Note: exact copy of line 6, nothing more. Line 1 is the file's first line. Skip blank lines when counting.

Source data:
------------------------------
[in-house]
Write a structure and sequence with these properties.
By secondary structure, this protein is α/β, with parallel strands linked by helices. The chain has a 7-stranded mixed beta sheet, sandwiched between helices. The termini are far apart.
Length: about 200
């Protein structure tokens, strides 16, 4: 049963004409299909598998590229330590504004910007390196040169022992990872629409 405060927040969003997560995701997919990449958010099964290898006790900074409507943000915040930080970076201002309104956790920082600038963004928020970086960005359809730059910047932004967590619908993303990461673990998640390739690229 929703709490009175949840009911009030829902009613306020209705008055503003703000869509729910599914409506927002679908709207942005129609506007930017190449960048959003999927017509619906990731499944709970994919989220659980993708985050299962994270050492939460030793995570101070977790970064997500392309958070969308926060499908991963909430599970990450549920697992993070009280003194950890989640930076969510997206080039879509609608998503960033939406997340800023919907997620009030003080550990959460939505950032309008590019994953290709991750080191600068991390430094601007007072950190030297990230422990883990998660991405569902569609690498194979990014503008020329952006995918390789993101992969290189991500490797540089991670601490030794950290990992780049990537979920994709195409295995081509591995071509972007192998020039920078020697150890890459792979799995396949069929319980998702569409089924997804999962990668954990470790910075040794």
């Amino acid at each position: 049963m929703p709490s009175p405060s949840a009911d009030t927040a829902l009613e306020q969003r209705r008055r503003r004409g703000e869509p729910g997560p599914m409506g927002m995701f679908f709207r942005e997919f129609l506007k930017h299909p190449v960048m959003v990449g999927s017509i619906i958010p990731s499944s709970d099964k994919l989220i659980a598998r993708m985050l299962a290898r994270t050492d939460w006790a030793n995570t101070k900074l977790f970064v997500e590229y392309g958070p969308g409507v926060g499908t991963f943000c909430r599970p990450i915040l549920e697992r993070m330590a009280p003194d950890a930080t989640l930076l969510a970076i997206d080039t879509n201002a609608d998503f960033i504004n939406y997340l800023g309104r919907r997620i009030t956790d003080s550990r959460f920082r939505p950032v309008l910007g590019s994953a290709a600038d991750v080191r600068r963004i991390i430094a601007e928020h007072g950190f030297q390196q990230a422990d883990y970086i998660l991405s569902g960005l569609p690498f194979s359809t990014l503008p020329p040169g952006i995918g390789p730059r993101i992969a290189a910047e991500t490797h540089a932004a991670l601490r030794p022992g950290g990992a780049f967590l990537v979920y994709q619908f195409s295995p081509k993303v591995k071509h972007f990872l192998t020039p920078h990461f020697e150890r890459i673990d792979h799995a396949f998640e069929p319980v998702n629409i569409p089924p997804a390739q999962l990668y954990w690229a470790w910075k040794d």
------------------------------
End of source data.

């Amino acid at each position: 049963m929703p709490s009175p405060s949840a009911d009030t927040a829902l009613e306020q969003r209705r008055r503003r004409g703000e869509p729910g997560p599914m409506g927002m995701f679908f709207r942005e997919f129609l506007k930017h299909p190449v960048m959003v990449g999927s017509i619906i958010p990731s499944s709970d099964k994919l989220i659980a598998r993708m985050l299962a290898r994270t050492d939460w006790a030793n995570t101070k900074l977790f970064v997500e590229y392309g958070p969308g409507v926060g499908t991963f943000c909430r599970p990450i915040l549920e697992r993070m330590a009280p003194d950890a930080t989640l930076l969510a970076i997206d080039t879509n201002a609608d998503f960033i504004n939406y997340l800023g309104r919907r997620i009030t956790d003080s550990r959460f920082r939505p950032v309008l910007g590019s994953a290709a600038d991750v080191r600068r963004i991390i430094a601007e928020h007072g950190f030297q390196q990230a422990d883990y970086i998660l991405s569902g960005l569609p690498f194979s359809t990014l503008p020329p040169g952006i995918g390789p730059r993101i992969a290189a910047e991500t490797h540089a932004a991670l601490r030794p022992g950290g990992a780049f967590l990537v979920y994709q619908f195409s295995p081509k993303v591995k071509h972007f990872l192998t020039p920078h990461f020697e150890r890459i673990d792979h799995a396949f998640e069929p319980v998702n629409i569409p089924p997804a390739q999962l990668y954990w690229a470790w910075k040794d």